As time changes, so do the interpretations of Shakespeare's dramas. Newer productions are supposed to appeal to modern audiences by reflecting current attitudes and cultural beliefs. Anti-Semitic viewpoints existed long before Shakespeare and his play, The Merchant of Venice, which is considered by many to be anti-Semitic. However, the reasons for anti-Semitic thought have changed greatly over the past century. Tension between Christians and Jews is one of the play's most important aspects, and is emphasized in earlier productions. In more recent productions, however, more weight has been placed on personal beliefs, and less on religion. Shylock's profession overshadows his faith. This change represents a shift in modern culture: looking at the individual beliefs, not the religion or ethnicity of a person to define his or her actions.
[...] In the attempt to stray away from the harshness of Komisarjevsky's interpretation, Langham ended up with something similar to Herbert Tree's Merchant. Jonathan Miller's 1970 production was one of the first that strayed away from making Judaism the sole reason to sympathize with or resent Shylock. This was achieved not just by the actor's (Laurence Olivier) portrayal, but also with costuming and set arrangements. The setting was in a late nineteenth century Venice that resembled London. Shylock was dressed in a “shiny top hat (with skull cap underneath), and sleek morning coat” (Moore 350). [...]
[...] The Merchant of Venice is an excellent example of a play that can be molded to fit common social opinions and beliefs. It is anti-Semitic, but it does not have to and should not be presented in the way that it was originally. The Elizabethan era is over and anti-Semitic beliefs should be gone along with it. Different productions through the years addressed the problems with and the reasons for anti-Semitism. Religious disputes between Christians have become financial disputes between non-Jews, and bankers that just happen to be Jewish. [...]
[...] In 1947 the Stratford-Upon- Avon Festival brought The Merchant of Venice to the stage. Reviewers did not favor it. The Shylock in this staging had no passion and was neither “villainous nor heroic” (The Times 1947). John Ruddock played Shylock so dryly that “when he ventures to ask if a Jew has not passions like other men we can only assume that he has (The Times 1947). Religion could not be dwelled on in this production because so many people lost their lives in the years preceding this staging just because of their religion. [...]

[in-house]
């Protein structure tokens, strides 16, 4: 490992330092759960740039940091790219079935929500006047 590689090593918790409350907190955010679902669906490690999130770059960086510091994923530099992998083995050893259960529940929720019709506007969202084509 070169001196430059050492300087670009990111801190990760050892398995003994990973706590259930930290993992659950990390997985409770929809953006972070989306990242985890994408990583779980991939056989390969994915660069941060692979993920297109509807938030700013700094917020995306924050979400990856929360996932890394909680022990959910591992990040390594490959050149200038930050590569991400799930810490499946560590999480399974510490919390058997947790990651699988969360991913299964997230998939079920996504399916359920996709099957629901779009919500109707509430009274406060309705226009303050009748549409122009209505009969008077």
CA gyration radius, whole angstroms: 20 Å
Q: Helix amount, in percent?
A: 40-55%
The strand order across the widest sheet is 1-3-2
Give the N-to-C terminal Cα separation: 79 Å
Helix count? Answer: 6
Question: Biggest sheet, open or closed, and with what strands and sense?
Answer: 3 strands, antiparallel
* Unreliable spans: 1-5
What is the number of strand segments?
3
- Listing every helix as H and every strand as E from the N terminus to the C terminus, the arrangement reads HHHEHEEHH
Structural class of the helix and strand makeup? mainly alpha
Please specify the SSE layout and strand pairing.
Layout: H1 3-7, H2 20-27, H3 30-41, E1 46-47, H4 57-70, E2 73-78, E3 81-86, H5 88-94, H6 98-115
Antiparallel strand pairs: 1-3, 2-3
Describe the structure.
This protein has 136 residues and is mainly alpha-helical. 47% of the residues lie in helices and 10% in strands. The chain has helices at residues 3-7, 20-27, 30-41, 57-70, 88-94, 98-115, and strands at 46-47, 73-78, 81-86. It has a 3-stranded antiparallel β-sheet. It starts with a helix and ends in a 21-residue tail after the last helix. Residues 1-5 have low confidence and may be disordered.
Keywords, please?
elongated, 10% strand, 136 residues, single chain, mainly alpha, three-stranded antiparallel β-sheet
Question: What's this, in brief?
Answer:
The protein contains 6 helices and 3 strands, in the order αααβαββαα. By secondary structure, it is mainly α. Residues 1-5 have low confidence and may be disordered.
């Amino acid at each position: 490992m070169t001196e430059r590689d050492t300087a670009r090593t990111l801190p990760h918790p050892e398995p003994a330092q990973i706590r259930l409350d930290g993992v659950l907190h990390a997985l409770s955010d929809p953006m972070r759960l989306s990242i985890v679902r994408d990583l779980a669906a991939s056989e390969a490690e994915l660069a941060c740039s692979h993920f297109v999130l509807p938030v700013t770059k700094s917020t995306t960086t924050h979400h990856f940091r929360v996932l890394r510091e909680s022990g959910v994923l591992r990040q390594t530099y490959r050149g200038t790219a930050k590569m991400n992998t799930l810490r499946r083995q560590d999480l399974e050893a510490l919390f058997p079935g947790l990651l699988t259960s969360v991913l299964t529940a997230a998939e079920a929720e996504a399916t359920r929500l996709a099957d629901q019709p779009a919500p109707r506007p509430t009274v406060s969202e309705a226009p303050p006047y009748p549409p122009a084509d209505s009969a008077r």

[...] There are three Jews in The Merchant of Venice: Shylock, Tubal, and Jessica. Only Shylock is meant to be disliked by the audience. His behavior is strange and detestable. He is sneaky and no one trusts him. If religion is the underlying force guiding his behavior, then Tubal and Jessica should be clones of Shylock, yet they are not. The next year, Peter Sellars directed a production of Merchant that was very different from any earlier production. With a setting in Southern California, this Merchant attempted to address cultural divides that reached far beyond Christians versus Jews. [...]
[...] The Times reviewer eloquently explains Shylock's behavior: is a Jew behaving as a Jew must needs behave in an anti-Semitic environment.” Tree showed the English audience that if they were to expect respect and kindness from the new residents of their country, they had to be willing to give those things first. In Theodore Komisarjevsky's 1932 staging of Merchant, Shylock's religion is still an important aspect, but is not emphasized in the same fashion as Tree's interpretation. Shylock's character is very one-dimensional: he is a villain, and the should not sympathize with him. [...]
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